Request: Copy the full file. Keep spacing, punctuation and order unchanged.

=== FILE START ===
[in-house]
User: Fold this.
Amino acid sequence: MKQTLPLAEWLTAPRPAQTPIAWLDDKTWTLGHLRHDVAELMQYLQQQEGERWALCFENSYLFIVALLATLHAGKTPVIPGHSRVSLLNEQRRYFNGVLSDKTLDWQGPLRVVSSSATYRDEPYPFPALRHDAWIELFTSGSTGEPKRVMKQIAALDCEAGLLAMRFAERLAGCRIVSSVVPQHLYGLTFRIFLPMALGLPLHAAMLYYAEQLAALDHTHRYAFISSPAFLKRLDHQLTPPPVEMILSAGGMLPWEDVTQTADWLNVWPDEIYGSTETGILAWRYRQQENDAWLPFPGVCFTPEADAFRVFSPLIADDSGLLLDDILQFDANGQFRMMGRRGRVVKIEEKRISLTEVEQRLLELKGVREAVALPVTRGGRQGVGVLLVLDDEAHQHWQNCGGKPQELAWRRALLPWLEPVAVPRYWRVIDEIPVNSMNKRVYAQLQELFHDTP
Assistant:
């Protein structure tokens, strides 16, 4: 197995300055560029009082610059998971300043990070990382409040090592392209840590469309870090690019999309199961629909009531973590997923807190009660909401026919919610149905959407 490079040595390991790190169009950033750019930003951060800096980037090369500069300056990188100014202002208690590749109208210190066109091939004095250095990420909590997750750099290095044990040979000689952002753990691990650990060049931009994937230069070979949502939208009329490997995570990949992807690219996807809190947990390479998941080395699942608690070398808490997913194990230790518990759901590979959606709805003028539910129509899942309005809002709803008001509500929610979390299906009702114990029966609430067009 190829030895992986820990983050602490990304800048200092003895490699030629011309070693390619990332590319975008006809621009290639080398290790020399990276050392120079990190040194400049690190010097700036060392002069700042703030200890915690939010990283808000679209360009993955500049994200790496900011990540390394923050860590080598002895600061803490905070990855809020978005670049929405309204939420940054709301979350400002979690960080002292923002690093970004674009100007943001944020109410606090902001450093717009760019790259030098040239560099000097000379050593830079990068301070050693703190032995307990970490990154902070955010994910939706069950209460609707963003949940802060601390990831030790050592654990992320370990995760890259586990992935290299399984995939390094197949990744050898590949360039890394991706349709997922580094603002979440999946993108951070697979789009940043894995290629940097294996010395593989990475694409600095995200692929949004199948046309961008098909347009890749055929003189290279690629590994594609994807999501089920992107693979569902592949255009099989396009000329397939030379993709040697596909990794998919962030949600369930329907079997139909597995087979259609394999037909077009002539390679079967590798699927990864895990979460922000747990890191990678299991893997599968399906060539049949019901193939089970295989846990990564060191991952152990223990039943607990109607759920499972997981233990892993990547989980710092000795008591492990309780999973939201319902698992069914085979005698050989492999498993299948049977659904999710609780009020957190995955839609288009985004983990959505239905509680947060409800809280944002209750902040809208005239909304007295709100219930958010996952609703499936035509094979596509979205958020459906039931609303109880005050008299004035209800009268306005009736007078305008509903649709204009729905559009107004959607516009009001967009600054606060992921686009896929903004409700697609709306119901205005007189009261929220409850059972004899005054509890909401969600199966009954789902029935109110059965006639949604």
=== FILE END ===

[in-house]
User: Fold this.
Amino acid sequence: MKQTLPLAEWLTAPRPAQTPIAWLDDKTWTLGHLRHDVAELMQYLQQQEGERWALCFENSYLFIVALLATLHAGKTPVIPGHSRVSLLNEQRRYFNGVLSDKTLDWQGPLRVVSSSATYRDEPYPFPALRHDAWIELFTSGSTGEPKRVMKQIAALDCEAGLLAMRFAERLAGCRIVSSVVPQHLYGLTFRIFLPMALGLPLHAAMLYYAEQLAALDHTHRYAFISSPAFLKRLDHQLTPPPVEMILSAGGMLPWEDVTQTADWLNVWPDEIYGSTETGILAWRYRQQENDAWLPFPGVCFTPEADAFRVFSPLIADDSGLLLDDILQFDANGQFRMMGRRGRVVKIEEKRISLTEVEQRLLELKGVREAVALPVTRGGRQGVGVLLVLDDEAHQHWQNCGGKPQELAWRRALLPWLEPVAVPRYWRVIDEIPVNSMNKRVYAQLQELFHDTP
Assistant:
């Protein structure tokens, strides 16, 4: 197995300055560029009082610059998971300043990070990382409040090592392209840590469309870090690019999309199961629909009531973590997923807190009660909401026919919610149905959407 490079040595390991790190169009950033750019930003951060800096980037090369500069300056990188100014202002208690590749109208210190066109091939004095250095990420909590997750750099290095044990040979000689952002753990691990650990060049931009994937230069070979949502939208009329490997995570990949992807690219996807809190947990390479998941080395699942608690070398808490997913194990230790518990759901590979959606709805003028539910129509899942309005809002709803008001509500929610979390299906009702114990029966609430067009 190829030895992986820990983050602490990304800048200092003895490699030629011309070693390619990332590319975008006809621009290639080398290790020399990276050392120079990190040194400049690190010097700036060392002069700042703030200890915690939010990283808000679209360009993955500049994200790496900011990540390394923050860590080598002895600061803490905070990855809020978005670049929405309204939420940054709301979350400002979690960080002292923002690093970004674009100007943001944020109410606090902001450093717009760019790259030098040239560099000097000379050593830079990068301070050693703190032995307990970490990154902070955010994910939706069950209460609707963003949940802060601390990831030790050592654990992320370990995760890259586990992935290299399984995939390094197949990744050898590949360039890394991706349709997922580094603002979440999946993108951070697979789009940043894995290629940097294996010395593989990475694409600095995200692929949004199948046309961008098909347009890749055929003189290279690629590994594609994807999501089920992107693979569902592949255009099989396009000329397939030379993709040697596909990794998919962030949600369930329907079997139909597995087979259609394999037909077009002539390679079967590798699927990864895990979460922000747990890191990678299991893997599968399906060539049949019901193939089970295989846990990564060191991952152990223990039943607990109607759920499972997981233990892993990547989980710092000795008591492990309780999973939201319902698992069914085979005698050989492999498993299948049977659904999710609780009020957190995955839609288009985004983990959505239905509680947060409800809280944002209750902040809208005239909304007295709100219930958010996952609703499936035509094979596509979205958020459906039931609303109880005050008299004035209800009268306005009736007078305008509903649709204009729905559009107004959607516009009001967009600054606060992921686009896929903004409700697609709306119901205005007189009261929220409850059972004899005054509890909401969600199966009954789902029935109110059965006639949604």